How to Make Prepaid Phone Plans To Work Without Paying for it?

How to Make Prepaid Phone Plans To Work Without Paying for it?

In order to prevent abuse, I do not specify the name of the operator.

It all started when I bought a SIM-card of an operator with a Pay-as-you-go tariff plan upon arrival in the USA. This is the most common tariff plan, that is, you pay per minute, message, megabyte, while you have a balance that needs to be replenished.

Everywhere I had Wi-Fi, and cellular communication was most likely needed for incoming calls and rare outlets on the mobile Internet. However, the problem of American operators is that your balance in the account may simply expire. Then he expired after 30 days, that is, the money in the account just burned. It could be transferred entirely to the next month, but for this, it was necessary to make at least some account replenishment. I decided to make minimal replenishment to stay in touch.

I went to the account on the operator’s site and tried to make a deposit from a bank card. As a result, after a few months, “useless” several tens of dollars accumulated on the account without a chance to spend it.

  • As I walked past an operator’s outlet in one of the shopping centers, I saw ordinary top-up cards (scratch cards). They were the same denominations, as proposed for payment on the site. But apparently because of my intuitive craving for experiments, I decided to purchase such a card, again at $5. When the time came for payment, I began to consider the card. It seems to be the same principle as when you can simply type the command with the card number and activate it, or you can “roam” the USD menu (commands from the category *XXX#). Again, because of a desire to experiment, I decided to choose a long way from the menu. Among the options it was proposed to find out the balance, activate the scratch card, replenish the account with a bank card.

In Canada, I somehow always had only to deal with entering card data online, so paying by card through such a menu was interesting to me (after all, these payments were the subject of my diploma), although it seemed unsafe (again, in Canada, usually are acquired in a separate window of the acquiring bank, and not transferred to the seller in the open form), I decided to try. Immediately I was surprised by the proposal to enter the amount. That is, I was not offered a standard choice of sums, like everywhere else, but it was suggested to enter the amount. I chose $1, entered the card details in the next steps and the payment went through. It is easy to guess, then I tried to enter $0.01, it went too.

One could be glad that I no longer need to transfer $5 to my balance every month, but spend only 1 cent and complete the experiment. But after a couple of hours, wanted to look again at the account on the operator’s website and the replenishment options.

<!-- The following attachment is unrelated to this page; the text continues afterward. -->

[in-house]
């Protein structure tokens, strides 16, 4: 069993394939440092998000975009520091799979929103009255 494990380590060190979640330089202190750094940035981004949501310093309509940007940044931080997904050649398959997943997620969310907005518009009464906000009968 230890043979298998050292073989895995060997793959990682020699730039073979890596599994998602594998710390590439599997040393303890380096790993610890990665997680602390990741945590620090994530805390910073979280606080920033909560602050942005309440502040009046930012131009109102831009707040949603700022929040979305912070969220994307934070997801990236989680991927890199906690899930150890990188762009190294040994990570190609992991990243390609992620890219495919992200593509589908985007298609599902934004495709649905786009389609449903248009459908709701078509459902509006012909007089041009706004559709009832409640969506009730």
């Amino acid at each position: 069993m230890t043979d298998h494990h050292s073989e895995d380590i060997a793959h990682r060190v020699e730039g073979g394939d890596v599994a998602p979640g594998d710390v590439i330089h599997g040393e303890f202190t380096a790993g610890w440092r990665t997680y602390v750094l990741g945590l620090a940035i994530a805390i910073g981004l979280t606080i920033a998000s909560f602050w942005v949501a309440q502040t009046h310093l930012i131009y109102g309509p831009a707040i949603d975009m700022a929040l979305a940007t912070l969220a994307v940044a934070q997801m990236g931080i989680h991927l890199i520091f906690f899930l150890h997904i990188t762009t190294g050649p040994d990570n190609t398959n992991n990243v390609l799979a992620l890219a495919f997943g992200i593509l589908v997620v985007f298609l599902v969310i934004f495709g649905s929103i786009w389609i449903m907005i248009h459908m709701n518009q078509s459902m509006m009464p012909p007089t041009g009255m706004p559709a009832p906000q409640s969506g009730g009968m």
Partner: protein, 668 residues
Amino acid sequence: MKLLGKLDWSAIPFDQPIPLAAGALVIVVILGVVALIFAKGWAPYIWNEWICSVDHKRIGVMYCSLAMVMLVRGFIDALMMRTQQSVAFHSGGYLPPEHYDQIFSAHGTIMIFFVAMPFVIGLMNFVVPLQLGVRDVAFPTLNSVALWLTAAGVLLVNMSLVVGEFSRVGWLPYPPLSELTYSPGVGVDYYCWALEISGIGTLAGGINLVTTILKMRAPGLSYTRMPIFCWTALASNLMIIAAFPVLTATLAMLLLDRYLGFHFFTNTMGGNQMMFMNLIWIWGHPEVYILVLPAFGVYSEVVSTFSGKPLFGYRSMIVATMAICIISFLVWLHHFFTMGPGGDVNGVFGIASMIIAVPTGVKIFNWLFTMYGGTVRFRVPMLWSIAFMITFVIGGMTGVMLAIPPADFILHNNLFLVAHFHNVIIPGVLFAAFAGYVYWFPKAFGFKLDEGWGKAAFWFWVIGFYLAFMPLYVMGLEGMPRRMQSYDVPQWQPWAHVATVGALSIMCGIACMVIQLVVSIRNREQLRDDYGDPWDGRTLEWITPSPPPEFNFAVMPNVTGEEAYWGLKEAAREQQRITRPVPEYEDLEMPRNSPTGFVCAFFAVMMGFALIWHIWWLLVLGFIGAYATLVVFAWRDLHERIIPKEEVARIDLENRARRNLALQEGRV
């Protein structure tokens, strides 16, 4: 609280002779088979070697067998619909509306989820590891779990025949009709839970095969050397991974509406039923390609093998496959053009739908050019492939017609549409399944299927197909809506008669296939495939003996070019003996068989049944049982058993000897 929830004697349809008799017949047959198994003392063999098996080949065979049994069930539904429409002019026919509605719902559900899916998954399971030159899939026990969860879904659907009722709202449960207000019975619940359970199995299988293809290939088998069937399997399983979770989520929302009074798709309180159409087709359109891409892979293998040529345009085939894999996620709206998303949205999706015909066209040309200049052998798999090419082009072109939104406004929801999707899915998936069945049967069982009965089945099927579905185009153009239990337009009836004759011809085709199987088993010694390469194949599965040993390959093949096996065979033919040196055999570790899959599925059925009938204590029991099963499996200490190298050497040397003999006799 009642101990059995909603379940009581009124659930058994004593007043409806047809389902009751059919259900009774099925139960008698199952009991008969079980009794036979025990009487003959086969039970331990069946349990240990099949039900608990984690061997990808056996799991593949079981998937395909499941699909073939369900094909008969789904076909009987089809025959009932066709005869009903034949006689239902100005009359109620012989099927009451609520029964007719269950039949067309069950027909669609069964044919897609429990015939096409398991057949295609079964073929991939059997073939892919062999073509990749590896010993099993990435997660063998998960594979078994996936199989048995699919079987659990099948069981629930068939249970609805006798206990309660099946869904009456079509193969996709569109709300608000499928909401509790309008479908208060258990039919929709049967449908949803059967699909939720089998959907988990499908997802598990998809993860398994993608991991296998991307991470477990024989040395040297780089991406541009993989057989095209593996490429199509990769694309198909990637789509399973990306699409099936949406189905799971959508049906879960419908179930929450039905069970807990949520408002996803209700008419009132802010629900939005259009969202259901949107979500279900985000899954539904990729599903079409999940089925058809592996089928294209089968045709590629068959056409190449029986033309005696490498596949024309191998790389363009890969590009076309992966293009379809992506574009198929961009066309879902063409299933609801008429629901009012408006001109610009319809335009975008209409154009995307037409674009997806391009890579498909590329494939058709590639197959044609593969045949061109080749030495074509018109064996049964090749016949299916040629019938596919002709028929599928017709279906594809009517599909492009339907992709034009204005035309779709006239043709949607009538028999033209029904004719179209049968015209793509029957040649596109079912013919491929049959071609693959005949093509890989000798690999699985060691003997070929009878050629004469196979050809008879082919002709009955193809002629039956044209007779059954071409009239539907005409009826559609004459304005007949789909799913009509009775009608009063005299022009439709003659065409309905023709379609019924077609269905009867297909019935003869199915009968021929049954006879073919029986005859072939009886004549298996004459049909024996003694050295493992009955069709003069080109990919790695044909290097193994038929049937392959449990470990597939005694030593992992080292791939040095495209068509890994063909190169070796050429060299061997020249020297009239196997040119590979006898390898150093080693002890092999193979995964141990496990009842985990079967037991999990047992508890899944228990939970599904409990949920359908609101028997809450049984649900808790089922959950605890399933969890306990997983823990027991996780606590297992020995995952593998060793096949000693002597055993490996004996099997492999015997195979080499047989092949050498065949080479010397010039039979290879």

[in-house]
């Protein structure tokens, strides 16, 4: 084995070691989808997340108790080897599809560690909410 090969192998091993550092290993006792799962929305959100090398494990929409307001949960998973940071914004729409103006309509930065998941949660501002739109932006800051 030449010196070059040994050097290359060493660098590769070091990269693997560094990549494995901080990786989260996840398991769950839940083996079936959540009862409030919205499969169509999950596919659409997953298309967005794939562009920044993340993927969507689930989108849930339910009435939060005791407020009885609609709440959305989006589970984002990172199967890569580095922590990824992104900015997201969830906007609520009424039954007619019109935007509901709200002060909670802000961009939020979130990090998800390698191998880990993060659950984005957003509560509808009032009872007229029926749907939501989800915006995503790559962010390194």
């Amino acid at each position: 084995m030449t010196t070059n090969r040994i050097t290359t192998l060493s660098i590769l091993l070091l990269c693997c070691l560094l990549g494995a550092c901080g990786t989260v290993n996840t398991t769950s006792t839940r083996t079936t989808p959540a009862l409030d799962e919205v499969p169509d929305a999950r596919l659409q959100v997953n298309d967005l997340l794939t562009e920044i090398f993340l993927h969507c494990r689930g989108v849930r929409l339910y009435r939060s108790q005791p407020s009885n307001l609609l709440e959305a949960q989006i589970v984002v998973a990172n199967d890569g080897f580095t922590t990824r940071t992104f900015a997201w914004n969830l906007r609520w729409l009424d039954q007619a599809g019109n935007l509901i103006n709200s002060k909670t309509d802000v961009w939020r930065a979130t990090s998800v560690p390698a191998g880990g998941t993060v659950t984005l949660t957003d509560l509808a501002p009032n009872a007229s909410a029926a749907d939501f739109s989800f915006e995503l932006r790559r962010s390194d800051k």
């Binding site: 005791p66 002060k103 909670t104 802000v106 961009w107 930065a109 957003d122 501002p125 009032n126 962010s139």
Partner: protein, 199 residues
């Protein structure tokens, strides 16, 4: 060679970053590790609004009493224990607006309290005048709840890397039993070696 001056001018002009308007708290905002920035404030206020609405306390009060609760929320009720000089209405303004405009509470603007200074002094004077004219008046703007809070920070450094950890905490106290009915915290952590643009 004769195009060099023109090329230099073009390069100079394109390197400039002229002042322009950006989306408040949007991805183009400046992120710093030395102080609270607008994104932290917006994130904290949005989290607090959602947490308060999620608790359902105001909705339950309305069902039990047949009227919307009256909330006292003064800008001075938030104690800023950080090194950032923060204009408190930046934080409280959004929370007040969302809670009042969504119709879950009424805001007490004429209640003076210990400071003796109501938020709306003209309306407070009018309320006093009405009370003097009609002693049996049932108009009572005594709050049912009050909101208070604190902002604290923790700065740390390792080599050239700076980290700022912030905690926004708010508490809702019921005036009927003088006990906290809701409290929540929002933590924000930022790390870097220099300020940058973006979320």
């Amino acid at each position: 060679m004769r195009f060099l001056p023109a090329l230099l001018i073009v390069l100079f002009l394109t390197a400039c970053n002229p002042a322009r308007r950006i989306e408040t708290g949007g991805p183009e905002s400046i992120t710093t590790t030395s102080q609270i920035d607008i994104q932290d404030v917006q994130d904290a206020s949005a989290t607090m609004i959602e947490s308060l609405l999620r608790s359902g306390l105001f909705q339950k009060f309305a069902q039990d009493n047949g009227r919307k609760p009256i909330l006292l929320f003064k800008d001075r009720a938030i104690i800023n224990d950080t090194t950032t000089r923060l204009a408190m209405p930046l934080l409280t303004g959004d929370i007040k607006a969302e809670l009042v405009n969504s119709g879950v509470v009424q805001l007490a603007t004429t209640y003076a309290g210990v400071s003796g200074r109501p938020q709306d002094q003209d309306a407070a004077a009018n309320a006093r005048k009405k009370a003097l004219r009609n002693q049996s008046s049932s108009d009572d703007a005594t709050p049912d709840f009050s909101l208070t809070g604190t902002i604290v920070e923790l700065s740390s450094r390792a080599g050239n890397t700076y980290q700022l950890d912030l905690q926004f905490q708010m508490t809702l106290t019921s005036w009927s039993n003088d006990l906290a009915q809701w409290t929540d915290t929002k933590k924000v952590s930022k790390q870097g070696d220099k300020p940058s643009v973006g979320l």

• So. I am offered to fill in the form with the card data, the amount, and so on. I keep track of what this POST request looks like with form submission. I copy, paste into Postman, try to repeat the request. The server responds with an error, it seems that some tokens in the form are expiring.

I decide to go in a simple way. I am offered to choose the amount from the drop-down list. Of course, this is some kind of select with a list option.

See the Pen Pay-As-You-Go by Mr Bons (@Sanchous) on CodePen.0

Only the value is obviously sent to the server. What do you mean by 5, 10, 30 after the hyphen, I understand, this is the amount of replenishment, but what does the first value mean? Are there also any constants in the source code or is the sum simply extracted from the data obtained?

I try. I put REG12-0.01 at one of the points, I enter the card data, I sent it. A message appears: “Thank you. $0.01 load amount has been credited to your prepaid number. ” The same amount was written off the card. Everything seems fine. You can choose any amount, although I have already discovered this feature through USD, no problem.

But here is the main point. I receive an SMS message to the number: “$30 was credited to your account”. The balance of the account is increased by this amount.

There were many such publications with various popular services on this site and probably will be even more. In the process of developing systems (especially not in companies with a strict IT focus), there are practically no tests/controls for security/vulnerability and it seems that the situation will not improve in the near future. Fortunately, no personal user data suffers here. It is difficult to even name this experiment as a burglary; in fact, the usual sending of the desired amount to the server takes place, in return for which the operator’s billing decides to replenish the balance by a thousand times more than the chosen one.

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